Keep watch as I work may way through this mine field of trying to finish one…maybe two or three half marathons this summer.

Yogurt – take 1

Only 3 ingredients: milk, cream and live cultures

Only 3 ingredients: milk, cream and live cultures

I go in streaks with yogurt.   Some times I eat it every day and other times you can only find an outdated moldy container in my refrigerator.  I think most of this  centers around my preference for Greek yogurt.   Not Greek style, but true strained yogurt.      The removal of the excess moisture makes it thick like sour cream and , if drained long enough it becomes almost like softened cream cheese.   Creating that dense dairy product also boosts the nutritional value of it.   You get more calcium and protein than a regular yogurt.      Almost all the stuff in grocery stores have been altered to artificially create an near Greek  yoghurt.    If you look on the ingredients list on those containers found in the grocery store you will find they are thickened with agents such as gelatin, starches or things you can’t pronounce.    The protein is boosted by the use of dried milk proteins or other “goodies.”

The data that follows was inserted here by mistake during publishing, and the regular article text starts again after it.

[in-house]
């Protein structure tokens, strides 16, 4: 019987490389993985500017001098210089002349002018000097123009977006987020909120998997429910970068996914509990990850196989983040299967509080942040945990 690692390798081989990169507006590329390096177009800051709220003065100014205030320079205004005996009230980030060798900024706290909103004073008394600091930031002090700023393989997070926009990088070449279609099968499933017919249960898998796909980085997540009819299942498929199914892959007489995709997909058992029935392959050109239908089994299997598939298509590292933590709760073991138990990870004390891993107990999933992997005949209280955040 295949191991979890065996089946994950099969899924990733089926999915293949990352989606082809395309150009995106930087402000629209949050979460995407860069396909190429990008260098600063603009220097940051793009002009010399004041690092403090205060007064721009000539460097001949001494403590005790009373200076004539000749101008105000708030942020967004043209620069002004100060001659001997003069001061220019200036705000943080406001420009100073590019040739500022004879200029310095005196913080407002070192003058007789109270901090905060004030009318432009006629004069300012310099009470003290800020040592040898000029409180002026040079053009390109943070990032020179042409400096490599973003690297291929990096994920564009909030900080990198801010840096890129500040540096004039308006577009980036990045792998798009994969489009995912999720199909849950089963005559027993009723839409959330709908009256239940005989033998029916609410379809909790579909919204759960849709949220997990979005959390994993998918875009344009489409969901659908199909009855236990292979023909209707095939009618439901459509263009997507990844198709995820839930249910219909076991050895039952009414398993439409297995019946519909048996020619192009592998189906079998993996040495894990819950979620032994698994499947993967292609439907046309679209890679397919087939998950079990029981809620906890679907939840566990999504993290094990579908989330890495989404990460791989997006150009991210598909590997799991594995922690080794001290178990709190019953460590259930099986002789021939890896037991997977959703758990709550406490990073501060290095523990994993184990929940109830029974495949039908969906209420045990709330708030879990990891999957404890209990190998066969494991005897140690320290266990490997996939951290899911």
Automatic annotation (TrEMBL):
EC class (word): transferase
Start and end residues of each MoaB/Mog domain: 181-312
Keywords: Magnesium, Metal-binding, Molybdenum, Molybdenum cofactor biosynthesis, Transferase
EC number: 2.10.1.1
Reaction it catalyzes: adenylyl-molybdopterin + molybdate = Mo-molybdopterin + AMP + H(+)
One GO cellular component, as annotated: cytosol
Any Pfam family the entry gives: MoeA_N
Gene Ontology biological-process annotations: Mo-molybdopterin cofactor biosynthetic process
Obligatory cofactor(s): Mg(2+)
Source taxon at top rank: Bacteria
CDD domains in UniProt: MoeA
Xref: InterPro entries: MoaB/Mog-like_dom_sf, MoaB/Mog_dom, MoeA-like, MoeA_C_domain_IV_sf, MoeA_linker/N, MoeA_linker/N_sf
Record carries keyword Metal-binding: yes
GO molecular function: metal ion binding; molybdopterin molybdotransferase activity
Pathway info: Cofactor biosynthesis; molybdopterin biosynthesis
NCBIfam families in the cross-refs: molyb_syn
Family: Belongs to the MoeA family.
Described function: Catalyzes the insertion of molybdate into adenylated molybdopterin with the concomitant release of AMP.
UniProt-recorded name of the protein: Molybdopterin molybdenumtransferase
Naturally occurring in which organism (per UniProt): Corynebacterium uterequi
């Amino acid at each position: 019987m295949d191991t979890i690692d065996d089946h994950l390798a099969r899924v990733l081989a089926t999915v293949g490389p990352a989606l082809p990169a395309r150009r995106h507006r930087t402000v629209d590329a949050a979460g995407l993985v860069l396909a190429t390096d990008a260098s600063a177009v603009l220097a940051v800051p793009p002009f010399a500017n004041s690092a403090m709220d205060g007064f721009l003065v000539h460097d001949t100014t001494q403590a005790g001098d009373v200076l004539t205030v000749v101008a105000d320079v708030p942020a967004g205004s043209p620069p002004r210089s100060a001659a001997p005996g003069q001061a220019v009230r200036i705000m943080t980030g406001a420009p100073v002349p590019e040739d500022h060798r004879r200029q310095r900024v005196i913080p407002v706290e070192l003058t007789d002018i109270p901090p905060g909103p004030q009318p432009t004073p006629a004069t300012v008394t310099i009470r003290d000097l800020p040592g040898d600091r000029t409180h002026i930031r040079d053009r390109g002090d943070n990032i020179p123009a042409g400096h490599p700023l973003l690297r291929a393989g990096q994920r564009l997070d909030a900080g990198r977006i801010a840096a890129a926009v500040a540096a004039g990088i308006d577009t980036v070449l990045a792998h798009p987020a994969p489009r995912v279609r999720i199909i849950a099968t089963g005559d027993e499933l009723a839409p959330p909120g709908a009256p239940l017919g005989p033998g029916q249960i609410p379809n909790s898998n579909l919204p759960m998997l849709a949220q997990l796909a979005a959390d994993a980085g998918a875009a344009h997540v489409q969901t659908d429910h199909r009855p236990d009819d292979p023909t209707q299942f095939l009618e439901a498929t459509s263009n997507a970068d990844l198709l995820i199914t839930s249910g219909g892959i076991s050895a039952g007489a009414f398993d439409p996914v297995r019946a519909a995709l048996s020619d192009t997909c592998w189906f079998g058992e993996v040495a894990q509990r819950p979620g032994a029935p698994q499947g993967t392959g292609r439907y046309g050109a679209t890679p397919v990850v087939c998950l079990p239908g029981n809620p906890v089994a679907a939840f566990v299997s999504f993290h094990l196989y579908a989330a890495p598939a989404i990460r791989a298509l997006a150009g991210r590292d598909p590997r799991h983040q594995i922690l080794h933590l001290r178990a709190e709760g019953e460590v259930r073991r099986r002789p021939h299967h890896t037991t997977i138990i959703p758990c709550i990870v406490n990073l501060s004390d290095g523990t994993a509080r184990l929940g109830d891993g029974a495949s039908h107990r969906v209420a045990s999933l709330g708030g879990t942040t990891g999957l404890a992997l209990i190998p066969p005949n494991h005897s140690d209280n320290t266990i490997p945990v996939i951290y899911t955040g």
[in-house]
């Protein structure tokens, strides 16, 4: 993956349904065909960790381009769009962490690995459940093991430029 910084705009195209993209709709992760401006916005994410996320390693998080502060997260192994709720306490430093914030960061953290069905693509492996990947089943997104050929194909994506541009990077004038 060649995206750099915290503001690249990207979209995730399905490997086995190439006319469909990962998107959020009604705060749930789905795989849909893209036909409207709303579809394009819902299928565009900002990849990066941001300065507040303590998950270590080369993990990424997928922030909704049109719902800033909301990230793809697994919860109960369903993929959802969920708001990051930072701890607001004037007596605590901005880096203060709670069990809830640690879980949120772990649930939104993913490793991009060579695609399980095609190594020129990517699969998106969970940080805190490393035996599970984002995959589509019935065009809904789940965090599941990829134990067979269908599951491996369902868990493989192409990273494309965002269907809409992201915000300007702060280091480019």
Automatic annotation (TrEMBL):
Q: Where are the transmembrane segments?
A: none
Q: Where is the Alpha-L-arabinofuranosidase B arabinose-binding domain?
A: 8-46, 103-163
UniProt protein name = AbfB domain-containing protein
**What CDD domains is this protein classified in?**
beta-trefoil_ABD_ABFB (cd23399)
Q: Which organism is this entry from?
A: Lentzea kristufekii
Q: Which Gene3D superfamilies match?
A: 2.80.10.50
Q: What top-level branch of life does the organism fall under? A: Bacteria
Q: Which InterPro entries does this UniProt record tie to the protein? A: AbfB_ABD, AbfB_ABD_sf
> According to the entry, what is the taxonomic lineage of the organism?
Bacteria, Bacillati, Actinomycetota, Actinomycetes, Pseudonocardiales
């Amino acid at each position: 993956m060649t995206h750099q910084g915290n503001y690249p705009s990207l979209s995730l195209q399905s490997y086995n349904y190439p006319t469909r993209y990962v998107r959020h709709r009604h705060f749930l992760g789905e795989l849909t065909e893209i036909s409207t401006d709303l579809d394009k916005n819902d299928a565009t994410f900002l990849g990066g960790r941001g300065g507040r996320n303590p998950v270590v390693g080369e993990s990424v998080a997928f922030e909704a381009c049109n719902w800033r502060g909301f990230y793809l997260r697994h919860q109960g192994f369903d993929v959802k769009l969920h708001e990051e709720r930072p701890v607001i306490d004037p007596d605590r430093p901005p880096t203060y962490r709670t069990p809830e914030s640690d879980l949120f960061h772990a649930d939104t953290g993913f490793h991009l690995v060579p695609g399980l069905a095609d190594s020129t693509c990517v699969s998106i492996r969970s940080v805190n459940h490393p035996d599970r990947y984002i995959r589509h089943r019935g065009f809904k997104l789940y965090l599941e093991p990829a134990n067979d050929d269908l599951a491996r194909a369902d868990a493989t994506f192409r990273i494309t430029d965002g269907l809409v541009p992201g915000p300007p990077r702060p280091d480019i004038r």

This means when yogurt comes into my house the first thing I do is dump it in a strainer. I let it sit overnight and let most of the whey drain away.    Once it is strained I dump it back into the container and it is ready for use.      Friends and now some of my blog buddies have got me thinking that I should try my hand at making my own yogurt.    I just tried making my own homemade yogurt.   This first try making my own home-made yogurt bombed.  I suspect it is like making bread, it takes a bit to get the hang of, but once you do it a skill you will have for life.   So it is back to the internet to read more about this and try again.

Cooking with Eggs – Quiche

9eggsIf you have laying hens you learn to cook many ways with eggs.   You accumulate a large collection of good ways to cook eggs.   Quiche is one the house favorites here.   It is something I often serve to guests, who seem to enjoy it.   This is the recipe I use.

1 cup shredded cheese.   (Swiss, sharp cheddar, gouda, use something good)

4 slices of bacon, or diced ham   (you want enough to sprinkle across the bottom of your tart or pie pan without making it solid covering)

1/4 c. sweet onion saute until clear in good olive oil.

3 eggs, beaten

1 c. half and half or whole milk , or mixture of them.

1 T Dijon Mustard (now I have told you my secret)

1 unbaked pie shell in a 9 pie or tart pan

Preheat oven to 375.  Toss together in a bowl the cheese, meat and onion, then spread the mixture across the bottom of your pastry.   Combine the eggs, milk and Dijon mustard, wisk until well mixed.   Pour over the cheese mixture.   Bake 25-30 minutes.   You can tell it is done when a knife inserted comes out clean.   Enjoy!